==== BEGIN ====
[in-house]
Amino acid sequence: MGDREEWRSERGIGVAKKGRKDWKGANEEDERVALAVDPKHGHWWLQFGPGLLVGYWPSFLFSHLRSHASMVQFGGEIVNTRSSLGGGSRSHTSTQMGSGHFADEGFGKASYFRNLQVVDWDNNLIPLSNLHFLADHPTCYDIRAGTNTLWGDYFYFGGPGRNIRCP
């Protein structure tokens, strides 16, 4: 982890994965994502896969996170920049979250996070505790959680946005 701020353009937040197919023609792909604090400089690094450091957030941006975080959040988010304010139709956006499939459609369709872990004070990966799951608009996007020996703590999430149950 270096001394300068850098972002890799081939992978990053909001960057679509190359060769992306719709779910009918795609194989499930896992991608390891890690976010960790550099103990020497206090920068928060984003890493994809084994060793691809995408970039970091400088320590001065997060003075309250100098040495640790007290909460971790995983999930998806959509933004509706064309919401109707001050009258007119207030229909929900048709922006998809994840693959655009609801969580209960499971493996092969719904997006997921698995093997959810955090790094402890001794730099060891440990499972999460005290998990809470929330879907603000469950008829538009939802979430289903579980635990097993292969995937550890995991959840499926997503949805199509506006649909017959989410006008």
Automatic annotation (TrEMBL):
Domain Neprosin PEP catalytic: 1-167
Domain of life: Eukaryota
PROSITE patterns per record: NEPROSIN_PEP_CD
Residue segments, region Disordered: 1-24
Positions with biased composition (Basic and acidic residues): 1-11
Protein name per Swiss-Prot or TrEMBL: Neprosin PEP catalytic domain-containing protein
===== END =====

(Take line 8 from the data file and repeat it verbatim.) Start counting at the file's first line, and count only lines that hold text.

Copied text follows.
Residue segments, region Disordered: 1-24